(Aside: If you support U.S. and European support of Ukraine, it’s not reasonable to then blame the U.S. government for deleterious effects on the economy. This is one of the costs with supporting Ukraine and opposing Russia in my view.)

    What do the GOP care about, other than tax cuts, shrinking government, and reducing regulation?

    Climate change, health care, cost of colleges–what is the GOP proposals to address these and other problems? I would like to know.

    Also, here’s something I really want to see from the GOP–if they actually care about governing and solving important problems the country faces: offer a reasonable compromises to Democratic proposals that if the Democrats don’t accept them, it will expose the Democrats negotiating in bad faith or behaving in an unreasonable fashion. I would like to compile of list of these instances, so that I can compare it to the times the Democrats did something similar.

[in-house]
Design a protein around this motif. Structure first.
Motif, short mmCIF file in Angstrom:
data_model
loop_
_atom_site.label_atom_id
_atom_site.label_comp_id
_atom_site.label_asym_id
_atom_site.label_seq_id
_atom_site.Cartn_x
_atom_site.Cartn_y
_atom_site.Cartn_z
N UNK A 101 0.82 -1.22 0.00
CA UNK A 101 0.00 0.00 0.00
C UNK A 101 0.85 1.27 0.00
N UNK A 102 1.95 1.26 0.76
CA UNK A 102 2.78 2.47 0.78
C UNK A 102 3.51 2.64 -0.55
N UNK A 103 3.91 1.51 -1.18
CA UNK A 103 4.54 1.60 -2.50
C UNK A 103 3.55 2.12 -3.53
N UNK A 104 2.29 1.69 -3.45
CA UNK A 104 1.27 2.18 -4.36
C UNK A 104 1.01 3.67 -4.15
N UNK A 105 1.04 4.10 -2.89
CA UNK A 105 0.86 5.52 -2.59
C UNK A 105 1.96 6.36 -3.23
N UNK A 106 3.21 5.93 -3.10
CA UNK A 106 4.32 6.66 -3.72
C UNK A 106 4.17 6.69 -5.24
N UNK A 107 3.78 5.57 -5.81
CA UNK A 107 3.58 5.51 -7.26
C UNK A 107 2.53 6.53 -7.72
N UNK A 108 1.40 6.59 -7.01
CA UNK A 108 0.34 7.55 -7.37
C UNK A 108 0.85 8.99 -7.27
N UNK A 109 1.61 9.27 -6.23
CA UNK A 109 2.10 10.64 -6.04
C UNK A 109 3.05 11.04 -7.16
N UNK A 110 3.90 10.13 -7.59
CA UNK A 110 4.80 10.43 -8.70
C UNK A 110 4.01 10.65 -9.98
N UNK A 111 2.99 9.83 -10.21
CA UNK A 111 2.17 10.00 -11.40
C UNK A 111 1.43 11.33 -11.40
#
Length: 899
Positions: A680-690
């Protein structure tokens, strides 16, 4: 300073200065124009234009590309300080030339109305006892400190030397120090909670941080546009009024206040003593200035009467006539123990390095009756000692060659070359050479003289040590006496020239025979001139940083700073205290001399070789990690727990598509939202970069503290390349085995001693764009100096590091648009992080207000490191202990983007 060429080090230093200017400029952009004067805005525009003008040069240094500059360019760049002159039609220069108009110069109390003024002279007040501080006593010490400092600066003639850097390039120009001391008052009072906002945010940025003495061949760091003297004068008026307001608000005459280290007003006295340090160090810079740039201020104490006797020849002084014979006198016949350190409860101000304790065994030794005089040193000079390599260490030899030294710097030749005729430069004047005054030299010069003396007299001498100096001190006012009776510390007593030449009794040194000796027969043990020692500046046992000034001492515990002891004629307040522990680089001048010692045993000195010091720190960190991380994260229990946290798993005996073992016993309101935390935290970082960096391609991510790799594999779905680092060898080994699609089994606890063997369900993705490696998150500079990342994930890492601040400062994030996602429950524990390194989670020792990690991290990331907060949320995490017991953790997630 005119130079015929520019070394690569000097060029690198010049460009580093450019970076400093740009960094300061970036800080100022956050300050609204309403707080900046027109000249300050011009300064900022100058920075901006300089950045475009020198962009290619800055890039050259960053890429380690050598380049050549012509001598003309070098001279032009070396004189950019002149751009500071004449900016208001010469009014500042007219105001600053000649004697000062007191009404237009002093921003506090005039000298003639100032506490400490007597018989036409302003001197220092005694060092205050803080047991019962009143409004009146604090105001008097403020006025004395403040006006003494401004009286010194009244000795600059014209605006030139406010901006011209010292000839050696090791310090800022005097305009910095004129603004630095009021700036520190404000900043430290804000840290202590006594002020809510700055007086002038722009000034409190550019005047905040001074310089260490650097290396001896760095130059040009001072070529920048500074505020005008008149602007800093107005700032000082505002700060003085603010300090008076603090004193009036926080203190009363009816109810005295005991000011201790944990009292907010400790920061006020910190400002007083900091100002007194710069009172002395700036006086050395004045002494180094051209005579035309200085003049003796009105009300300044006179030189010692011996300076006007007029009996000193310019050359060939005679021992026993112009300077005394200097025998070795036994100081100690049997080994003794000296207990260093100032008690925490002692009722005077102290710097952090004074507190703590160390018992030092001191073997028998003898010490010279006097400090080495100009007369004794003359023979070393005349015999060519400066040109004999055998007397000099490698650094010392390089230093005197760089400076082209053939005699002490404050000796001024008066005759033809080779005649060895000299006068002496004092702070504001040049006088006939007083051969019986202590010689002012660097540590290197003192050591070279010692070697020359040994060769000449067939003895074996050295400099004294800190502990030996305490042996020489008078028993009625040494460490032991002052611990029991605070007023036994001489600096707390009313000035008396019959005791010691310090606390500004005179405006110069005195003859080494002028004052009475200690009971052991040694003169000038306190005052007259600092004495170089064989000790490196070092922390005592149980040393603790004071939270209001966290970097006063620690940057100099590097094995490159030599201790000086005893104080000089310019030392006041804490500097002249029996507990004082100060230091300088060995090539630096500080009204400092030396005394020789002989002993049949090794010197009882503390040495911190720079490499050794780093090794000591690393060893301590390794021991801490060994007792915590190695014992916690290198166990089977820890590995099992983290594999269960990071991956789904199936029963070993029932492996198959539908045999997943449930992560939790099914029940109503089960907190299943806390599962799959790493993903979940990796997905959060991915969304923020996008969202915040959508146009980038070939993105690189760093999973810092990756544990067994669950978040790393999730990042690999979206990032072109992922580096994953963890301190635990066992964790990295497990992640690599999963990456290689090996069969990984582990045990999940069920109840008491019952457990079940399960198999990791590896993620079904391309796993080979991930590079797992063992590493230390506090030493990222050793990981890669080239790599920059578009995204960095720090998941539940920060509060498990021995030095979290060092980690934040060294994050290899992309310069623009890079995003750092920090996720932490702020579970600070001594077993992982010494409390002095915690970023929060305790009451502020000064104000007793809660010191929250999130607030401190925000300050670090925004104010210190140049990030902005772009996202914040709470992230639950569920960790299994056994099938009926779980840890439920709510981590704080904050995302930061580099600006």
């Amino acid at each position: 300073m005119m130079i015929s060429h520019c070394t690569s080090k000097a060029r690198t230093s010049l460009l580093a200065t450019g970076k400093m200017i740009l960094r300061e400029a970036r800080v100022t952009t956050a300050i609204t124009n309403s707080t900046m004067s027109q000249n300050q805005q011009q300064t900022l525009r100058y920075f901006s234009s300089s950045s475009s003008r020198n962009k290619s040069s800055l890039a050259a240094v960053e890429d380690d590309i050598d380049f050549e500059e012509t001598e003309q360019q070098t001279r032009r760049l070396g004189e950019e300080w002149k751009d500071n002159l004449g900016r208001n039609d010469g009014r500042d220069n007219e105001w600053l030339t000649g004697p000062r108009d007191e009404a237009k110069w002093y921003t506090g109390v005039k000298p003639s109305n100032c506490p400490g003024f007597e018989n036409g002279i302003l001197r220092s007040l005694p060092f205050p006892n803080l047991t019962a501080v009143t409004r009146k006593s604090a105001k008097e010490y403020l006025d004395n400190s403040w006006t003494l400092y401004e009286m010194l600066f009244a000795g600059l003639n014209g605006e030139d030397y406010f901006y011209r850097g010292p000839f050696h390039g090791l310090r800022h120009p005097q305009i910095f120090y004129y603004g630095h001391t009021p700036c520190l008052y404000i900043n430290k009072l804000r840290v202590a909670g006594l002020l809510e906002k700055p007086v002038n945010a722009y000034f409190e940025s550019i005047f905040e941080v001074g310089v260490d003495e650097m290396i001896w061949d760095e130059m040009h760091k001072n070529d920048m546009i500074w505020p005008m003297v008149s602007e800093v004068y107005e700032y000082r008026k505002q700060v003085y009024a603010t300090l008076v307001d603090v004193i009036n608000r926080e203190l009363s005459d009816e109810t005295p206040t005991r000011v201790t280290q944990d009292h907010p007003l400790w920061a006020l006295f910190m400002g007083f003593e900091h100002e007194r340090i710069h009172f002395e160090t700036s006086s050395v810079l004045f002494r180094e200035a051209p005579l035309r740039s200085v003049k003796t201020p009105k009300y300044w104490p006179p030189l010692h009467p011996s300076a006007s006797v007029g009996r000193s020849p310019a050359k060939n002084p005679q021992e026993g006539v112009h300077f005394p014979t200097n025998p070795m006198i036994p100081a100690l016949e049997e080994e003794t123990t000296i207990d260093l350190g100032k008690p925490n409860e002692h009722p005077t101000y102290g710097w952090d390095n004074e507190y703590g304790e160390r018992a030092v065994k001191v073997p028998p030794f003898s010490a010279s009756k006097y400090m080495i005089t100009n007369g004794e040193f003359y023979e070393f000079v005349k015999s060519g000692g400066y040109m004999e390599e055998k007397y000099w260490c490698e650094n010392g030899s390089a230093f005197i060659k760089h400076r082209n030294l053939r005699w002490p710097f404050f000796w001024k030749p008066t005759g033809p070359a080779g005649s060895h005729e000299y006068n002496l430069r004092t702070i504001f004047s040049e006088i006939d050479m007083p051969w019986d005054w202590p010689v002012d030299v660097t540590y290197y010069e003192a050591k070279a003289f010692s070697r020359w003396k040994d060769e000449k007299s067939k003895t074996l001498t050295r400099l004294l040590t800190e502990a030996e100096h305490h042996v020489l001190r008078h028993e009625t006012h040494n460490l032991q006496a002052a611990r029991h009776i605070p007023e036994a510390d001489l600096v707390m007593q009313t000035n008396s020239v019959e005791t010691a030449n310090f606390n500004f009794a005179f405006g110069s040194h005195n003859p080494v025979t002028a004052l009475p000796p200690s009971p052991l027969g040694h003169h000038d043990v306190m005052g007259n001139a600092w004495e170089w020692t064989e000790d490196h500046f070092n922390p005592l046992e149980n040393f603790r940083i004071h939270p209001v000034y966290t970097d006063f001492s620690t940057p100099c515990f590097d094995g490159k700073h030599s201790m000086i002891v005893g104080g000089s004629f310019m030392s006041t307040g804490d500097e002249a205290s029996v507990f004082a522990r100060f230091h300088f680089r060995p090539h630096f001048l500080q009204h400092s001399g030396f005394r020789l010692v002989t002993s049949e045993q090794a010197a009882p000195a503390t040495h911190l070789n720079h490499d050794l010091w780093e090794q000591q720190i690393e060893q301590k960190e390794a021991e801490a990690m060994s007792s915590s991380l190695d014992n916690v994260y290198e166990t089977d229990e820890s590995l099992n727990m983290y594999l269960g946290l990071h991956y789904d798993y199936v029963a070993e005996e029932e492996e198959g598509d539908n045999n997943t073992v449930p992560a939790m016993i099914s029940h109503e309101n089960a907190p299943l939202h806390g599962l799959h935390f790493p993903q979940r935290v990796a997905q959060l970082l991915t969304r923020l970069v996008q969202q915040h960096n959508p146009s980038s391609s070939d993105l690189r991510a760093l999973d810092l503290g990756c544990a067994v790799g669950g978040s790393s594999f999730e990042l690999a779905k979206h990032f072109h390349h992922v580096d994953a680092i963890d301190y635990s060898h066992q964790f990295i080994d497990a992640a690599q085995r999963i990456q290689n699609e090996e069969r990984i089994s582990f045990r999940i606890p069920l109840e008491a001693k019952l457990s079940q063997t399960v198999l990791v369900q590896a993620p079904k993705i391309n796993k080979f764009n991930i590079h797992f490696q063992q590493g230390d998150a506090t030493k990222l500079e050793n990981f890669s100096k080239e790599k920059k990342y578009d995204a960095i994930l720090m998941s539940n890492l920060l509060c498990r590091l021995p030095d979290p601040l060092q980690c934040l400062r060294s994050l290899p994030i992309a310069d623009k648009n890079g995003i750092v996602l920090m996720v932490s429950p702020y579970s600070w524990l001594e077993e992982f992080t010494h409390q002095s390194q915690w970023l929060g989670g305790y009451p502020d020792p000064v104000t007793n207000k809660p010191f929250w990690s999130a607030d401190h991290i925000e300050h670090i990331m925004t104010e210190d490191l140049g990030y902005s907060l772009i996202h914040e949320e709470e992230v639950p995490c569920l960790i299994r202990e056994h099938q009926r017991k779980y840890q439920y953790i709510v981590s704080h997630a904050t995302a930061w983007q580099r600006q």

16. Biden’s speech on the threat to democracy

    I think I heard most of it, and while listening to this, I found myself agreeing with much of what he said, although I felt uncomfortable at some points. This feeling increased afterward when I had time to think about it and see some reactions.

    Here’s why I felt uneasy about the speech. To me, polarization is a source of strength for Trumpism. Significantly decrease polarization and that’s the ball game. If correct, we should evaluate actions by Democrats in terms of its effects on polarization. I feel like Biden’s speech is more likely to exacerbate polarization.

    However, one way Biden’s speech could work is if it motivates moderates to vote in large numbers. If that happens we can and will successfully protect our democracy–maybe in spite of increasing polarization.

    But I’m not confident Biden’s speech will have that effect. (If Trump and his supporters act violently or in flagrantly antidemocratic ways, this may add enough validation to Biden’s message and maybe that will activate moderates. That’s my hope, anyway.)

    Some other general comments: